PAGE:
The United States Monday lamented India's refusal to send peacekeeping troops to Iraq, but stressed that the decision, announced in New Delhi Monday, would not affect the improving overall relationship between the two countries.
The Bush administration had asked India to provide a division of troops, about 17,000 soldiers, to join the stabilization force and patrol the region of northern Iraq around Mosul.
But after some two months of deliberations, the government of Indian Prime Minister Atal Bihari Vajpayee said Monday it would not contribute forces without an explicit United Nations resolution for that purpose.
At a news briefing, State Department spokesman Richard Boucher said the Bush administration believes that ample authority for peacekeeping was provided in last May's U.N. Security Council Resolution 1483, which, in addition to lifting U.N. sanctions against Iraq, encourages member states to "contribute to conditions of stability and security" there.
But he said a decision to send troops is one that a country needs to make on its own based on its interests and concerns. While making clear U.S. unhappiness over the Indian announcement, the spokesman said it should not affect the overall relationship.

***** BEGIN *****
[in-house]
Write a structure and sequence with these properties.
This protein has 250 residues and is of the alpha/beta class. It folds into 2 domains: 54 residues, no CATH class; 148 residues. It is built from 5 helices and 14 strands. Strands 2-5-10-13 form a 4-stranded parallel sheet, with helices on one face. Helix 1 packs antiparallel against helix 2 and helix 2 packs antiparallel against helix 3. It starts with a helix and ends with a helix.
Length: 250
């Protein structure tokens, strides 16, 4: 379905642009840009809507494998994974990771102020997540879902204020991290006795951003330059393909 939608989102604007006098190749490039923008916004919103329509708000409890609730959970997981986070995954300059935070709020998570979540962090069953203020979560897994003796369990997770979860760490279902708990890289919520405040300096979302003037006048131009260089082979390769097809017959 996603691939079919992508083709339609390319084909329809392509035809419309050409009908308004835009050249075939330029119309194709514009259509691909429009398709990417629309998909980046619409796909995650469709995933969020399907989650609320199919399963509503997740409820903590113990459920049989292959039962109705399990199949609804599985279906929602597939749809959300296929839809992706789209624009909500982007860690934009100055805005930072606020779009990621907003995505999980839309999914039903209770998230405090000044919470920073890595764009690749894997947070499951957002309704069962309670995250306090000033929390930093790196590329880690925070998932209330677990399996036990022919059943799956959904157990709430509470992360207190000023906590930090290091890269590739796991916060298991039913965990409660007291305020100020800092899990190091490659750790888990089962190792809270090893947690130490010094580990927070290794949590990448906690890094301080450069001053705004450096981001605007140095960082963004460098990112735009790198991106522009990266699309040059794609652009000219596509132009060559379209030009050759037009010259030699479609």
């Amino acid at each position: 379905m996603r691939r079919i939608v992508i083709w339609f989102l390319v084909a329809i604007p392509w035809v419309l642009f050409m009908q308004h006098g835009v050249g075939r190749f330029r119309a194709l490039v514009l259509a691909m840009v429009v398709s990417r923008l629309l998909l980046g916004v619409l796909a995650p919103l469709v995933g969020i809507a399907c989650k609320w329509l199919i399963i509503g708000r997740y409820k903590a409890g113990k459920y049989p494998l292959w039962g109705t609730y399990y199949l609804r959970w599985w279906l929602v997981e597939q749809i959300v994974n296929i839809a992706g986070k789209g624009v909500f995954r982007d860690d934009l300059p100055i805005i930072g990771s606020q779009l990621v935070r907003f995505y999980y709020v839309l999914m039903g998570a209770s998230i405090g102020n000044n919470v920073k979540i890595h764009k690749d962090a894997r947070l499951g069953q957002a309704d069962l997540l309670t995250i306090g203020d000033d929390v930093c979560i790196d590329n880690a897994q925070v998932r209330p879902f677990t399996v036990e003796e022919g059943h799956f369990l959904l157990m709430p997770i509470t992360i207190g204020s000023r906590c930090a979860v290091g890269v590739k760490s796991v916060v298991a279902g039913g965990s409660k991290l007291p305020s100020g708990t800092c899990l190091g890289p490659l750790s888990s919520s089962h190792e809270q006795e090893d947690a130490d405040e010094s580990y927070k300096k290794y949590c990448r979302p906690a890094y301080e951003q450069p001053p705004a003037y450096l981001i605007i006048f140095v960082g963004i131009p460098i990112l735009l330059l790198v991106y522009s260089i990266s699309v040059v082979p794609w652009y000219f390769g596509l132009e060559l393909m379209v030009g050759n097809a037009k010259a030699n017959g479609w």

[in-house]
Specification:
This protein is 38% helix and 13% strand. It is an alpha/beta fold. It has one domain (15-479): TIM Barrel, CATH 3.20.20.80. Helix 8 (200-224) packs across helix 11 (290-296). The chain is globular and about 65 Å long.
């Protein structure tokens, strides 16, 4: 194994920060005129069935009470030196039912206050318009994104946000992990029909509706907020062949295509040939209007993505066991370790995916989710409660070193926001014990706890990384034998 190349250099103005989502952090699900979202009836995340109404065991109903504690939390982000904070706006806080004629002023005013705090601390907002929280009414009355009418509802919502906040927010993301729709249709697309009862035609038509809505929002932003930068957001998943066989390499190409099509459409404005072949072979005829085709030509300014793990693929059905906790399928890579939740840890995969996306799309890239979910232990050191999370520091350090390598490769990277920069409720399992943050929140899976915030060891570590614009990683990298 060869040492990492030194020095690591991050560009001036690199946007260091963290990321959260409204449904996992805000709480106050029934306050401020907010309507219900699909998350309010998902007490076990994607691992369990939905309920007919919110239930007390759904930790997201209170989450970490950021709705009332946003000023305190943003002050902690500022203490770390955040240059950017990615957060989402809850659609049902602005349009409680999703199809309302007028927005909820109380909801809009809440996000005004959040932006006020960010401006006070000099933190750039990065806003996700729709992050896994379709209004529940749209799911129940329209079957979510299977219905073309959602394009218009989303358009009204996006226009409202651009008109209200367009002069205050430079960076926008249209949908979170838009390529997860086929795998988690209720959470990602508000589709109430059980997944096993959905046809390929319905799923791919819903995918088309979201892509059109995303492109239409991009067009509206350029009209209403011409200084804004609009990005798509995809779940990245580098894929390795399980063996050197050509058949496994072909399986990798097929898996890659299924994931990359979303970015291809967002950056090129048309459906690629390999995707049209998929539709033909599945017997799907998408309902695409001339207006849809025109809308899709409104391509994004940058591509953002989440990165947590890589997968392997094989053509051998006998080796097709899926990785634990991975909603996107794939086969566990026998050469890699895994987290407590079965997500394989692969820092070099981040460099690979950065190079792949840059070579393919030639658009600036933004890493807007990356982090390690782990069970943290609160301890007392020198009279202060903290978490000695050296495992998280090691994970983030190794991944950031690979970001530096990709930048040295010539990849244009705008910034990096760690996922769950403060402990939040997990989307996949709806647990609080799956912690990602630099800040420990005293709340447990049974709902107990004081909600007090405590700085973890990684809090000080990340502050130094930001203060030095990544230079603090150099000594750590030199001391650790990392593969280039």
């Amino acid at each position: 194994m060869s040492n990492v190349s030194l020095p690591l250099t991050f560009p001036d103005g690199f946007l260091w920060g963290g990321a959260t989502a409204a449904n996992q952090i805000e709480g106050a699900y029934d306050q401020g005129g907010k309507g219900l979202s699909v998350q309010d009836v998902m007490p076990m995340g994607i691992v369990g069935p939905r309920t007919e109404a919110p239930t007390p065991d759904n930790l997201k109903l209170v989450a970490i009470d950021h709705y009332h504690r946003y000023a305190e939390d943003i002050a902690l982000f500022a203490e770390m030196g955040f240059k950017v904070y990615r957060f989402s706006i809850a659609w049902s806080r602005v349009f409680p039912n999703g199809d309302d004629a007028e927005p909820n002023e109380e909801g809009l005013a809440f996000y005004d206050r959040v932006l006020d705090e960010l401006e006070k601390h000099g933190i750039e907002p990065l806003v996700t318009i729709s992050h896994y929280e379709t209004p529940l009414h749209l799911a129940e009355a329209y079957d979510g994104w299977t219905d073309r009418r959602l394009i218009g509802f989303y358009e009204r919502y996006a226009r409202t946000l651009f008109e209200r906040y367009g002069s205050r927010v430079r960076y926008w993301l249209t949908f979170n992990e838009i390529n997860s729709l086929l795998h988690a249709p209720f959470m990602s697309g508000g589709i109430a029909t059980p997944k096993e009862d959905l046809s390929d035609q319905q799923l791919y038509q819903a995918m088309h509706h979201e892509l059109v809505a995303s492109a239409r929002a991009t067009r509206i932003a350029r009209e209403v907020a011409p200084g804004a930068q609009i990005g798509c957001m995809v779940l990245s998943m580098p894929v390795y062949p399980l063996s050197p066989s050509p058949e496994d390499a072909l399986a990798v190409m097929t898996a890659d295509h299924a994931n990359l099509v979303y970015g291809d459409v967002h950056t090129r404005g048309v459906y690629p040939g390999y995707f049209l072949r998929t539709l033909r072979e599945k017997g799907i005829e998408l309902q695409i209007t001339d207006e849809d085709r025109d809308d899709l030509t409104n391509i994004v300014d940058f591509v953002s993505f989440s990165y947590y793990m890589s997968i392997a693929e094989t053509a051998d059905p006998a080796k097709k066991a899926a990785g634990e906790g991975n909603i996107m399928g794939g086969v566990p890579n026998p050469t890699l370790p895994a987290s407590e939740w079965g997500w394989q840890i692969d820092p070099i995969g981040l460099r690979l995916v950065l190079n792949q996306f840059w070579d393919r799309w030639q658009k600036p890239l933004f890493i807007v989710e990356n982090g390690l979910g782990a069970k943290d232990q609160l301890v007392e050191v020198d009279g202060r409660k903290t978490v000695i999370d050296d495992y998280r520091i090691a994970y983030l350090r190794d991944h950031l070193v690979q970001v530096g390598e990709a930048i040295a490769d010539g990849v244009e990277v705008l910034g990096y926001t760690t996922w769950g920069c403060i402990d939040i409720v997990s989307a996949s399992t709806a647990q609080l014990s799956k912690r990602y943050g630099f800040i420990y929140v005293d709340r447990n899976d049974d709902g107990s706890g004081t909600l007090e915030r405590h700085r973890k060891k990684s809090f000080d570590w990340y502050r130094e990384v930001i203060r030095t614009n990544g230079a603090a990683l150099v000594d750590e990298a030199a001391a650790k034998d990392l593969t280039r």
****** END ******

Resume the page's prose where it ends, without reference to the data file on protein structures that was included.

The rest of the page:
"We would have hoped that India would have made a different choice, that they would be there," he said. "But I think, at the same time, we need to reiterate that India remains an important strategic partner for the United States. And that the continuation of the transformation of Indo-U.S. relations is something that's important to us, and that we expect to see."
While Mr. Boucher did not elaborate, officials here said privately they were concerned that the Indian decision could affect other countries as they consider whether to contribute to the stabilization force.
But they said the spokesman deliberately did not express "regret" or "disappointment" over the announcement by India, and that the administration hoped to minimize any political fallout from the matter.
Indian Foreign Minister Yashwant Sinha said in New Delhi that his government was ready to contribute to the rebuilding of Iraq's infrastructure, but that the Indian security cabinet would only approve troops if there was an "explicit U.N. mandate" for that purpose.
India has the world's fourth largest military and has taken part in past U.N. peacekeeping operations including those in Angola, Cambodia and Somalia.
Mr. Boucher said a "substantial number" of countries including Poland and Spain will join in the Iraq stabilization force, and that the NATO members collectively have agreed to provide support for the Polish deployment.